After 1999 and 2003, any sentence with the words ‘South Africa’ and ‘World Cup’ includes the mandatory pejorative “chokers” – it’s almost like a rule. And though repetition has made it a bit stale, it needs saying that the Proteas in their first outing of the 2019 edition have done little or nothing to shed the tag. In the pre-tournament build up the consensus was that this would be SA’s year of redemption, but the first impression hints at another year of suffering.
Comprehensively beaten by tournament favorites England by 104 runs in the inaugural fixture on Thursday, South Africa face a relatively easier task this Sunday (May 2) against Bangladesh.
Not that Bangladesh are pushovers. In a recently concluded tri-series against West Indies and Ireland, Bangladesh triumphed in conditions similar to those pertaining to the Cup.
In the tournament opener on May 30 Faf du Plessis, leader of a team with enviable pace options, opted to open with Imran Tahir, and it bore immediate dividends with the wily leg spinner sending Jonny Bairstow back for a golden duck.
“We will take away some positives,” is a cliché losing captains resort to at the first sight of a microphone. The Proteas in fact did have some vague positives to “take away” – notably, the fact that their bowlers, led by Kagiso Rabada and Lungi Ngidi, both back from injury, kept taking wickets and ensured that England did not post one of those humongous totals that have become the hosts’ trademark. Pity about the batting, though.
Leading into game two, the Proteas have a clutch of problems to solve, and most revolve around their batting. Quinton de Kock’s mind-melt when it comes to ICC tournaments is legendary, but on Thursday he was by far the Proteas’ best batsman. And, bonus silver lining, he loves the Bangla bowlers, against whom he averages 66.2.
Against that, the legendary Hashim Amla comes into this tournament on the back of fairly ordinary form in his last five innings, in which span of time JP Duminy is the only batsman who did worse.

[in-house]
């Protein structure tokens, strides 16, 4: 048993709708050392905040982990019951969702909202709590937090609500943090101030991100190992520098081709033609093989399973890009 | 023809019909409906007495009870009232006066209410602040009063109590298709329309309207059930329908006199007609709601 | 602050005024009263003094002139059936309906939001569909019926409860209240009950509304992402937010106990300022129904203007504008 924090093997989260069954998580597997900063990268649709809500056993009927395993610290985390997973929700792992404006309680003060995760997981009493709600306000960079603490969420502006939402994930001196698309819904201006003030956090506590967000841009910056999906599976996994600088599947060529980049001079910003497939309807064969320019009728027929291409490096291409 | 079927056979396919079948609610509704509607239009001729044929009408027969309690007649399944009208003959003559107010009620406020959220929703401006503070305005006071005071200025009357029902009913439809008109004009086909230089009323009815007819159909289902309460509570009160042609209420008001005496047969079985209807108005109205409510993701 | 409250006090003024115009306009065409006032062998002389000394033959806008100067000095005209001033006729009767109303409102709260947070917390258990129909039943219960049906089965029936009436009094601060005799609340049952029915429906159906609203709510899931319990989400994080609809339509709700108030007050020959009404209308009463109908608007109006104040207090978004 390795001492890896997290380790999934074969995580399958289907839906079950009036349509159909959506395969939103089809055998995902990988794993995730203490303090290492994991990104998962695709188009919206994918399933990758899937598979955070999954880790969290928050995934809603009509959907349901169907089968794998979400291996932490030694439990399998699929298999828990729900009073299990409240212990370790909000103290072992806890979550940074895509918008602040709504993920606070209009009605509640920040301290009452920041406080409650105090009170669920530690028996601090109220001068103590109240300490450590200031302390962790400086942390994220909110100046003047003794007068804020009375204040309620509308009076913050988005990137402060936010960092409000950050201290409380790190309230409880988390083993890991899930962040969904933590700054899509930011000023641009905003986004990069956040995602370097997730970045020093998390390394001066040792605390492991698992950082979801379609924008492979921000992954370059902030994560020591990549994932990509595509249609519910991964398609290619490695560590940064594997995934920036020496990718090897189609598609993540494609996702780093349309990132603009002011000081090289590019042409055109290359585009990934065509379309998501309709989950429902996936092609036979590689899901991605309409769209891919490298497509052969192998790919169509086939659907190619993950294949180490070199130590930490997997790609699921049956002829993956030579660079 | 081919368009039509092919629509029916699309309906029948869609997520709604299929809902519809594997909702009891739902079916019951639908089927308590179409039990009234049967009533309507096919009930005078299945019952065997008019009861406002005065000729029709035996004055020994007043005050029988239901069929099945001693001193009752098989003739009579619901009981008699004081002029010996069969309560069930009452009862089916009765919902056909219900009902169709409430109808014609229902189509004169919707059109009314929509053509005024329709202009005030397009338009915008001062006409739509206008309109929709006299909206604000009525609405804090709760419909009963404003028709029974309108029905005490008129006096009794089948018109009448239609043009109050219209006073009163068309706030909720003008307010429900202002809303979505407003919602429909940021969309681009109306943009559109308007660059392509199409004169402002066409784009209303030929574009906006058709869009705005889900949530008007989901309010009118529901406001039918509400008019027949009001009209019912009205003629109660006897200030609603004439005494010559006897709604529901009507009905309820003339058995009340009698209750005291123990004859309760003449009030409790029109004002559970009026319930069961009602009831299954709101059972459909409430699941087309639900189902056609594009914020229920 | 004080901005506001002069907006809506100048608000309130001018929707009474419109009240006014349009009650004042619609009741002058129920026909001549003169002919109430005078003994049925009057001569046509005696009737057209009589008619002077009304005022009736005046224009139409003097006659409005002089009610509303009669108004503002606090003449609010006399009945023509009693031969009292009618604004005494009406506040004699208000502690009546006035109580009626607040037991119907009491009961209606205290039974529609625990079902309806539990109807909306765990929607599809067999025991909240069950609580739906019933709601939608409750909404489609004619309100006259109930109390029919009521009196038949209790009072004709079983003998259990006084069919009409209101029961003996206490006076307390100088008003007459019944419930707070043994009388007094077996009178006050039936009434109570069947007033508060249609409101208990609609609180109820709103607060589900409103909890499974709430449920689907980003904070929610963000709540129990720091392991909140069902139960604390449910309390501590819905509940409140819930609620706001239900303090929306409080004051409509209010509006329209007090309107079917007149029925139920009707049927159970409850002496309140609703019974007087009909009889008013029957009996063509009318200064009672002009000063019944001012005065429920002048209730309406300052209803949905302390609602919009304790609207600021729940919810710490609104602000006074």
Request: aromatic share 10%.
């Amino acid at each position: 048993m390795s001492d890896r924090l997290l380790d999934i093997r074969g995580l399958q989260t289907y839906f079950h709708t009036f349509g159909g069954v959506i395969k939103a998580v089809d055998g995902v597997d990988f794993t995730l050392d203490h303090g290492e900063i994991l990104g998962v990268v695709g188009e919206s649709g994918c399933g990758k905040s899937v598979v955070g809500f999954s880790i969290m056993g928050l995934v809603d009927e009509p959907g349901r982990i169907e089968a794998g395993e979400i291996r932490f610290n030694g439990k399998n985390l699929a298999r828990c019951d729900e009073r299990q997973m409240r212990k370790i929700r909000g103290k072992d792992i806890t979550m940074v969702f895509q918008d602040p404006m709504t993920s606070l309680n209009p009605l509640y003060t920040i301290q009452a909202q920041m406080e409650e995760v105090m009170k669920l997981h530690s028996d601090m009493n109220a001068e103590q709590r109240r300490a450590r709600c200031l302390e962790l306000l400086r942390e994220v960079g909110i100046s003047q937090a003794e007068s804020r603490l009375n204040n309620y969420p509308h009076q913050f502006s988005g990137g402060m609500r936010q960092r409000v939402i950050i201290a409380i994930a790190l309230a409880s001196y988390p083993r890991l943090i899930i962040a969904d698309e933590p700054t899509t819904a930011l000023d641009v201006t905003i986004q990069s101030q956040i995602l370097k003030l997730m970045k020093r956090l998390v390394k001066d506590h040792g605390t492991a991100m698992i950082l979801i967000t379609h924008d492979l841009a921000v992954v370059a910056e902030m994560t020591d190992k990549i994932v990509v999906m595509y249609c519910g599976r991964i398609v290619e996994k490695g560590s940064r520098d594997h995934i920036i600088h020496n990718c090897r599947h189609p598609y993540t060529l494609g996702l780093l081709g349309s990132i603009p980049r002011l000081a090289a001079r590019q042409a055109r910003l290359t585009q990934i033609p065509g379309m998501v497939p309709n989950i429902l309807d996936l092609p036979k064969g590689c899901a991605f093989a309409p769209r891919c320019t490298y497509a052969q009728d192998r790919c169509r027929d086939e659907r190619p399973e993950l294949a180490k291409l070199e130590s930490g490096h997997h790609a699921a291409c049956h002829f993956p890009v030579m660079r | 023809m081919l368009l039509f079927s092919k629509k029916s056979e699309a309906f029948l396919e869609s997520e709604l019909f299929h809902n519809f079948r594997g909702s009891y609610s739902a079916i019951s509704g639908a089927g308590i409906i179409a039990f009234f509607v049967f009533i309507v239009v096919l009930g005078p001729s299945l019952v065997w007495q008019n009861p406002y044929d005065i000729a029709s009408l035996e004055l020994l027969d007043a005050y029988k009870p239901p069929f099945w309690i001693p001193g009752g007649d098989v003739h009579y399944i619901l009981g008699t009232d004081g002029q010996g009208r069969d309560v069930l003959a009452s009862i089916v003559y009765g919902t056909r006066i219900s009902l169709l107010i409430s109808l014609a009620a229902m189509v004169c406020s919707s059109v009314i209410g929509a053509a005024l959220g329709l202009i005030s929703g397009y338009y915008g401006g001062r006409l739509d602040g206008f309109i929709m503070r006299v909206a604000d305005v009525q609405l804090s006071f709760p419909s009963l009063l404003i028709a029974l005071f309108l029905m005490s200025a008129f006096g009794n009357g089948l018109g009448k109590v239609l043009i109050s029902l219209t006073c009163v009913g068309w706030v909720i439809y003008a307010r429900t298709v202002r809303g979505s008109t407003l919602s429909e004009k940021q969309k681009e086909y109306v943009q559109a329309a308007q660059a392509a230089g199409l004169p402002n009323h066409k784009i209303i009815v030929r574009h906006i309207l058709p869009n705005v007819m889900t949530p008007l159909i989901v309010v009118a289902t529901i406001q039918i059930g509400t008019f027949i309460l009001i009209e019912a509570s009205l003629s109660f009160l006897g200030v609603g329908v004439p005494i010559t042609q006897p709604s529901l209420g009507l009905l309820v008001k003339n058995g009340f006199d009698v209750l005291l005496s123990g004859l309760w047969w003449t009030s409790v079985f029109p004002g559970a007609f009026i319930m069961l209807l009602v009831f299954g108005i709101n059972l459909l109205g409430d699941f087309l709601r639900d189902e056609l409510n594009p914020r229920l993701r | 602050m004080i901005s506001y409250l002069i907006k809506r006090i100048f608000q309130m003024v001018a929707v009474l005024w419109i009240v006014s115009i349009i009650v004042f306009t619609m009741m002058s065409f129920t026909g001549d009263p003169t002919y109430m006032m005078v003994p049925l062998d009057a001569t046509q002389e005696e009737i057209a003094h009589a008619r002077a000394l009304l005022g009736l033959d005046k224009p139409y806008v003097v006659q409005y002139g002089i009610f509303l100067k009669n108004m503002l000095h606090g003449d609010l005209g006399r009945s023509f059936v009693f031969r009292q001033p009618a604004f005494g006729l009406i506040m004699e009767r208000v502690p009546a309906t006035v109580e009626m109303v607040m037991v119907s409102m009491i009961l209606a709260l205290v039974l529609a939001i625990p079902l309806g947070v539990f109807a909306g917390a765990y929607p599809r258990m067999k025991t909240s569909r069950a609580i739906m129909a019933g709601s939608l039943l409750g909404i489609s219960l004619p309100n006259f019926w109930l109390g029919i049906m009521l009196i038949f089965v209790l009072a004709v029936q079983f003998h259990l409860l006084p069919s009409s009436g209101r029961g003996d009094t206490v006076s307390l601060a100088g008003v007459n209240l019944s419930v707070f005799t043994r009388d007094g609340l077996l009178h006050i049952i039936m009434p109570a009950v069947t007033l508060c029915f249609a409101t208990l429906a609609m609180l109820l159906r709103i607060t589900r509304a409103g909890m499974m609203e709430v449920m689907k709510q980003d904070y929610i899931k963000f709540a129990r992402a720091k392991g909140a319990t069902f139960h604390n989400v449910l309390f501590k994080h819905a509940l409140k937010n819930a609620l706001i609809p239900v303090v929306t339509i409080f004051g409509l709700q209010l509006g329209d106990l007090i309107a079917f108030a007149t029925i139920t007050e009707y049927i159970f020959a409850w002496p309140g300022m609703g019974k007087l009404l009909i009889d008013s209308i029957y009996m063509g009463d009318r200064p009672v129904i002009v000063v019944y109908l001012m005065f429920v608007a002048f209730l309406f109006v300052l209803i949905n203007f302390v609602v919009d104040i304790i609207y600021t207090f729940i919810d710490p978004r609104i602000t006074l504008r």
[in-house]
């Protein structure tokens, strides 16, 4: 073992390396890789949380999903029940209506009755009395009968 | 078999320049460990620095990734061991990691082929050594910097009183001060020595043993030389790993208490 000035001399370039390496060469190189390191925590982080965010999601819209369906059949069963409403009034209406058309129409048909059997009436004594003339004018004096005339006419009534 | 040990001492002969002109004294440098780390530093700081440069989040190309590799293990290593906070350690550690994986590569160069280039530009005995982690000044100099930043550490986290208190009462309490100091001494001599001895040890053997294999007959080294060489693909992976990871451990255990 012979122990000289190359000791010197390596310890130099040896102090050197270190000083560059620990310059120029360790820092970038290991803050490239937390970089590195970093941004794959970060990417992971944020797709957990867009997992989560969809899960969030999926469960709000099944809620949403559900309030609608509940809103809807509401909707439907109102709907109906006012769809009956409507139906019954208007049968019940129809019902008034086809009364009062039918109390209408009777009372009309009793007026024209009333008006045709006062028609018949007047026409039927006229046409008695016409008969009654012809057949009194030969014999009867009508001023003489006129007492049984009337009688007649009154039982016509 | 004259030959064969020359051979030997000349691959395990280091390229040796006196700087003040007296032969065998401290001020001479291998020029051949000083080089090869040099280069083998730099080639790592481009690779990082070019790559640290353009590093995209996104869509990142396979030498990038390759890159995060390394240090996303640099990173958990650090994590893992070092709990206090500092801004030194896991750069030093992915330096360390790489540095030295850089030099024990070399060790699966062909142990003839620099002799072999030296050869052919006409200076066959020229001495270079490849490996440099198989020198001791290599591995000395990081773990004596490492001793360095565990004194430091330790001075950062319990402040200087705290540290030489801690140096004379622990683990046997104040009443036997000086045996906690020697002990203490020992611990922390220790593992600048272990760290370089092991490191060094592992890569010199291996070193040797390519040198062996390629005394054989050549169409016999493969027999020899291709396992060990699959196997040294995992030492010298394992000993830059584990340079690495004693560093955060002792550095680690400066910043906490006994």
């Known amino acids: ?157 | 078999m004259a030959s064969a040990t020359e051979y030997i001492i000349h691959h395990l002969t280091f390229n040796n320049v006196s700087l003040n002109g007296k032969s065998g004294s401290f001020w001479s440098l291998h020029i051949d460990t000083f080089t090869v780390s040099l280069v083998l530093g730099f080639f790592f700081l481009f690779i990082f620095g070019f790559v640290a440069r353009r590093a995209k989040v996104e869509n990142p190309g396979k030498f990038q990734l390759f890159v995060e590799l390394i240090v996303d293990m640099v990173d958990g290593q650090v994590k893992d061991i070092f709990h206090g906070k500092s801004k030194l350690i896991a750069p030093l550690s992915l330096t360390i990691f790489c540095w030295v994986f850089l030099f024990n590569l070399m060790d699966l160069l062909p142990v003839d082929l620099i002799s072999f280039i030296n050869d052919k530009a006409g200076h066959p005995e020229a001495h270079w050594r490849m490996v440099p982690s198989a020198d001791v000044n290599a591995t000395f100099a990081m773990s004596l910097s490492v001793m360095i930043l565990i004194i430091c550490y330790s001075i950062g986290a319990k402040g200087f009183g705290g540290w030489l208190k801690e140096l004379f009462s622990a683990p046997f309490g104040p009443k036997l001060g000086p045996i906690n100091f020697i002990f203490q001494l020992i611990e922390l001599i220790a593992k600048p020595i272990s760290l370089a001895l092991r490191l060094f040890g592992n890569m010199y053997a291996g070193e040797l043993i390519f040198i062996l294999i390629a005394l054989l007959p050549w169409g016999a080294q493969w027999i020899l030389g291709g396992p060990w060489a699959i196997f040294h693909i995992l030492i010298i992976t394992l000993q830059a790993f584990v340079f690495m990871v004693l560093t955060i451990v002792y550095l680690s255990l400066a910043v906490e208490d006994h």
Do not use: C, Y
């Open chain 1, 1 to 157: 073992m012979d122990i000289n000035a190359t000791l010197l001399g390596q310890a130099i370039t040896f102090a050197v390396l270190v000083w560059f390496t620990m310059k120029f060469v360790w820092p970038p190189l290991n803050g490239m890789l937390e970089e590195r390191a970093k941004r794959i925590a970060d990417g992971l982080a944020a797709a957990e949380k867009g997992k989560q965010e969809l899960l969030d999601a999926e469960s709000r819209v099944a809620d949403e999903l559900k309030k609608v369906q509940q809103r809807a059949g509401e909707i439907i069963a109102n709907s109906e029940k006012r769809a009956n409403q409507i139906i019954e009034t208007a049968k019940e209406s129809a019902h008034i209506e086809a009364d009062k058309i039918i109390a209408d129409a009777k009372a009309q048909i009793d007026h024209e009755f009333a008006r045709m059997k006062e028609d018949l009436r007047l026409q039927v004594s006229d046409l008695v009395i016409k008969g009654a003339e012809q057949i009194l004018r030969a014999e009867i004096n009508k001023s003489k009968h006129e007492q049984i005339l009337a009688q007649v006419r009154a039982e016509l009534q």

In the curtain raiser, Amla walked off after taking one in the grille from Jofra Archer. Sunday will be an opportunity for the veteran to find some form.
The batsmen behind de Kock, Amla and Faf haven’t exactly set pulses racing in recent times. Duminy had an ordinary outing in the opener; van der Hussen showed some composure in a tough situation, and Pehehlkuwayo played a little cameo, but that is about it – and the sum total doesn’t approach world standards. SA clearly needs its top three to fire, so the others can bat in their slipstream.
And then there is David Miller, known for his pyrotechnics with the bat, who has seen his strike-rate dwindle since the last edition of the World Cup, and was not picked for the playing XI against England.
Bangladesh’s most potent weapon in recent times has been Shakib Al Hasan, who has been predominantly batting at number three since 2018.
It is a decision that has reaped rewards for the all-rounder as he uses his experience to consolidate his side’s position. Shakib has seen a massive spike in his average since being promoted.
Taking up the mantle in the middle order is Mushfiqur Rahim, who is among the top run-getters among all batsmen batting between four and seven, trumping the likes of Mahendra Singh Dhoni on the list. What he has going for him is a remarkable consistency that has seen him register twelve 50-plus scores in the period under review.
South Africa has a pace attack to die for, led by Rabada and Ngidi who, since 2018, have been among the most successful new ball pairings in international cricket – but the Bangladesh pace cupboard is not exactly empty either. Rubel Hossain and Mustafizur Rahman boast the best average during this period.
In a late blow for Bangladesh, skipper Mashrafe Mortaza revealed that opener Tamim Iqbal will not be fit for the tie after suffering a wrist injury during a net session on Friday.
Tally it all up and this is what you get: South Africa do well with the ball but the batting needs a tune up all the way through. Bangladesh perform decently with both bat and ball, and only lack one X factor capable of turning games on their heads.
On Sunday, it is South Africa that has more at stake – having started with a defeat, who have a tough schedule that sees them play three games in seven days, need to put points on the table and confidence in their minds ahead of the May 5 battle against the fancied Indians.